McDonald’s also saw a decline in revenue in Europe due to expansion and refranchising efforts, while a slowdown in the Asia/Pacific, Middle East and Africa region was attributed to a currency decrease for the quarter, weak comp-sales driven by supplier worries in China and Japan. Overall, the company saw a 3.3% drop in global same-store sales versus a 0.9% drop during the same period the year prior.
On the company’s earnings call Tuesday afternoon, McDonald’s CEO Don Thompson said he and the company were “disappointed” by the fast-food chain’s performance which not only fell short of Wall Street’s expectations, but the company’s own forecast as well.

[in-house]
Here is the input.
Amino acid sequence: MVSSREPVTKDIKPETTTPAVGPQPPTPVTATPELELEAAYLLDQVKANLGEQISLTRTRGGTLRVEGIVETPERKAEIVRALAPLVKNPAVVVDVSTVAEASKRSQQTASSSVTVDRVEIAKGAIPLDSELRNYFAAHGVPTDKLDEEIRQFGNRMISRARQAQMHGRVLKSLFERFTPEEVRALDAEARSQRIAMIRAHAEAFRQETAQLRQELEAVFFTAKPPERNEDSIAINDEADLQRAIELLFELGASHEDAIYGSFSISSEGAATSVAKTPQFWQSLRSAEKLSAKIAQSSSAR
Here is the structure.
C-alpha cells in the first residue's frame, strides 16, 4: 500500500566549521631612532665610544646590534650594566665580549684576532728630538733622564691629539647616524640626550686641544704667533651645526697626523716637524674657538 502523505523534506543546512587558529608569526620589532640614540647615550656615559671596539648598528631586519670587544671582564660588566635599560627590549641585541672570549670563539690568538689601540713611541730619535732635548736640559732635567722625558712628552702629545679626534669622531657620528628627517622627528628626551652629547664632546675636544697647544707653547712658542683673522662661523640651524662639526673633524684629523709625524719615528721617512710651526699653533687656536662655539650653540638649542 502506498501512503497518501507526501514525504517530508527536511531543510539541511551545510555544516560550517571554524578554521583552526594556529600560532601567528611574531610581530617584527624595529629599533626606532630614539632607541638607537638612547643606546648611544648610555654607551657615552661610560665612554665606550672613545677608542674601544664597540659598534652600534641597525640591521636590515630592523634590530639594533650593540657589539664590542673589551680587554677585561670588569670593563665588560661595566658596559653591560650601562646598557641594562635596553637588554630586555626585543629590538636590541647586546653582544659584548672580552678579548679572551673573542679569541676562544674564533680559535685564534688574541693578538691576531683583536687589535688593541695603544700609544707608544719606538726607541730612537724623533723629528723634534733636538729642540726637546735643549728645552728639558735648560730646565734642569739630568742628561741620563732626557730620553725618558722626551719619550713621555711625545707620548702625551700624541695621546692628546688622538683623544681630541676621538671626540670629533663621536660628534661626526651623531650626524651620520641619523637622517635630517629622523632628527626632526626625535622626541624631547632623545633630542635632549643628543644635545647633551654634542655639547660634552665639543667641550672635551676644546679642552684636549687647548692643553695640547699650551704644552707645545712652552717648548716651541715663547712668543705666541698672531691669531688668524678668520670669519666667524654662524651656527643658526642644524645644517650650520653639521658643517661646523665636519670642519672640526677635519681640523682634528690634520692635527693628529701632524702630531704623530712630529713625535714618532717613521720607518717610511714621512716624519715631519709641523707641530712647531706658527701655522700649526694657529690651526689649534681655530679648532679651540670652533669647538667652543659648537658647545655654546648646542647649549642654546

“The key to our success will be our ability to deliver a more relevant McDonald's experience for all of our customers. We have listened to our customers and we've listened around the world and better understand what their future experience should look like,” Thompson said.
Mark Kalinowski, restaurant analyst at Janney, said the sales trends in the U.S., Europe and Asia continue to be disappointing, especially in the September period when U.S. and European comp-sales saw their worst numbers in more than a decade.
“To me, if I’m viewing this from McDonald’s perspective, I view this as a call to action…a mandate for change,” he said. “They need to fix their issues they’re in control of to the best of their ability.”
Staying Relevant in a Changing World
McDonald’s and Coca-Cola face increased pressure from customers in all areas of the globe to maintain their relevance as those customers enjoy a wide range of competitive options from the likes of Chipotle (CMG) and Panera Bread (PNRA), among others.